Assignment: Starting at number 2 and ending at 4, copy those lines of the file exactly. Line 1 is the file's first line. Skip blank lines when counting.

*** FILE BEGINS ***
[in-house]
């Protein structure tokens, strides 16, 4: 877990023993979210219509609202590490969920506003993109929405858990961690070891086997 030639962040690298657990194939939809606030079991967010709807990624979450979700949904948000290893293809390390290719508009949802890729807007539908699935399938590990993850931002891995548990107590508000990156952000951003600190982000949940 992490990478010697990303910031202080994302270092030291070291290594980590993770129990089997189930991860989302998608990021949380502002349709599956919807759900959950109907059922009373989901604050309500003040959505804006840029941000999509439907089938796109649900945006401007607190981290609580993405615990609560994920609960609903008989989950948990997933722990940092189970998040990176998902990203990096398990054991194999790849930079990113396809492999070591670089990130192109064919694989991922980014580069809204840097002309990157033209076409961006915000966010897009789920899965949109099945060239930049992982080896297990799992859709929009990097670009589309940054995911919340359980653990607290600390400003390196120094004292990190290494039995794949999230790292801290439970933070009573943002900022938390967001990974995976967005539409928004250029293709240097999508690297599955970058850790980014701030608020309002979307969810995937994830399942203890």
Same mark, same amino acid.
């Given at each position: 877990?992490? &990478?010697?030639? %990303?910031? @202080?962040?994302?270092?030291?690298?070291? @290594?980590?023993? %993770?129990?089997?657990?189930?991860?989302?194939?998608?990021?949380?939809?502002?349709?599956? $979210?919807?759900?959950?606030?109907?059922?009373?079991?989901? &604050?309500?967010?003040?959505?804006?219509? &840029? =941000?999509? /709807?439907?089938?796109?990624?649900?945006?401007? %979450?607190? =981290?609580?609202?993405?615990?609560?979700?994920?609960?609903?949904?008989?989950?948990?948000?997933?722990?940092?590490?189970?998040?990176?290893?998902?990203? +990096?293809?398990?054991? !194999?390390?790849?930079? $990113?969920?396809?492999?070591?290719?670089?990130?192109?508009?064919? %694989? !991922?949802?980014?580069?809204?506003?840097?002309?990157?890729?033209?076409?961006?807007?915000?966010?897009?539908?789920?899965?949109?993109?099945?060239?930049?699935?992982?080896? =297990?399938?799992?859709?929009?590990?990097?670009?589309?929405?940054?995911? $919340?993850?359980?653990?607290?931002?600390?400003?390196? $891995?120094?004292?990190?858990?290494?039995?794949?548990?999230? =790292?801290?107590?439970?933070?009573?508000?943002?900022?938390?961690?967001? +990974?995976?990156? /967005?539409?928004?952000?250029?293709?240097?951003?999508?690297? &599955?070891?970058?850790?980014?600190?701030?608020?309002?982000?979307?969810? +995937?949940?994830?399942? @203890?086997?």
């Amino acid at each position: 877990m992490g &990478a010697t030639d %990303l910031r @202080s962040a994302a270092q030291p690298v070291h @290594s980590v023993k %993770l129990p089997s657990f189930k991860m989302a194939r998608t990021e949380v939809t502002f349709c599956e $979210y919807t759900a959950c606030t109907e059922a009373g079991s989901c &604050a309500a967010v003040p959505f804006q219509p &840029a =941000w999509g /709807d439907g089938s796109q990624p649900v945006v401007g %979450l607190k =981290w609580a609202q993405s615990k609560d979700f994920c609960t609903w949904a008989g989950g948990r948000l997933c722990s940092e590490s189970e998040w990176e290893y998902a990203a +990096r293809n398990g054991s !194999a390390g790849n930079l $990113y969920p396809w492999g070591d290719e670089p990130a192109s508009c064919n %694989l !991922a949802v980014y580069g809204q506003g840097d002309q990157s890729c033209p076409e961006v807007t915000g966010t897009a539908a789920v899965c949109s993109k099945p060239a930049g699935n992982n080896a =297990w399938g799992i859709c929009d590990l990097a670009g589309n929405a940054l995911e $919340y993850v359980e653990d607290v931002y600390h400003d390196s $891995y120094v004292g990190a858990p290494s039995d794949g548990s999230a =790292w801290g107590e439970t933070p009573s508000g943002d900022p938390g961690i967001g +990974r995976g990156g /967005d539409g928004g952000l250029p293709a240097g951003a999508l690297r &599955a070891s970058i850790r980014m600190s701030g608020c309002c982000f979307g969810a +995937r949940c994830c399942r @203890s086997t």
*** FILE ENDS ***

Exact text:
């Protein structure tokens, strides 16, 4: 877990023993979210219509609202590490969920506003993109929405858990961690070891086997 030639962040690298657990194939939809606030079991967010709807990624979450979700949904948000290893293809390390290719508009949802890729807007539908699935399938590990993850931002891995548990107590508000990156952000951003600190982000949940 992490990478010697990303910031202080994302270092030291070291290594980590993770129990089997189930991860989302998608990021949380502002349709599956919807759900959950109907059922009373989901604050309500003040959505804006840029941000999509439907089938796109649900945006401007607190981290609580993405615990609560994920609960609903008989989950948990997933722990940092189970998040990176998902990203990096398990054991194999790849930079990113396809492999070591670089990130192109064919694989991922980014580069809204840097002309990157033209076409961006915000966010897009789920899965949109099945060239930049992982080896297990799992859709929009990097670009589309940054995911919340359980653990607290600390400003390196120094004292990190290494039995794949999230790292801290439970933070009573943002900022938390967001990974995976967005539409928004250029293709240097999508690297599955970058850790980014701030608020309002979307969810995937994830399942203890």
Same mark, same amino acid.
């Given at each position: 877990?992490? &990478?010697?030639? %990303?910031? @202080?962040?994302?270092?030291?690298?070291? @290594?980590?023993? %993770?129990?089997?657990?189930?991860?989302?194939?998608?990021?949380?939809?502002?349709?599956? $979210?919807?759900?959950?606030?109907?059922?009373?079991?989901? &604050?309500?967010?003040?959505?804006?219509? &840029? =941000?999509? /709807?439907?089938?796109?990624?649900?945006?401007? %979450?607190? =981290?609580?609202?993405?615990?609560?979700?994920?609960?609903?949904?008989?989950?948990?948000?997933?722990?940092?590490?189970?998040?990176?290893?998902?990203? +990096?293809?398990?054991? !194999?390390?790849?930079? $990113?969920?396809?492999?070591?290719?670089?990130?192109?508009?064919? %694989? !991922?949802?980014?580069?809204?506003?840097?002309?990157?890729?033209?076409?961006?807007?915000?966010?897009?539908?789920?899965?949109?993109?099945?060239?930049?699935?992982?080896? =297990?399938?799992?859709?929009?590990?990097?670009?589309?929405?940054?995911? $919340?993850?359980?653990?607290?931002?600390?400003?390196? $891995?120094?004292?990190?858990?290494?039995?794949?548990?999230? =790292?801290?107590?439970?933070?009573?508000?943002?900022?938390?961690?967001? +990974?995976?990156? /967005?539409?928004?952000?250029?293709?240097?951003?999508?690297? &599955?070891?970058?850790?980014?600190?701030?608020?309002?982000?979307?969810? +995937?949940?994830?399942? @203890?086997?």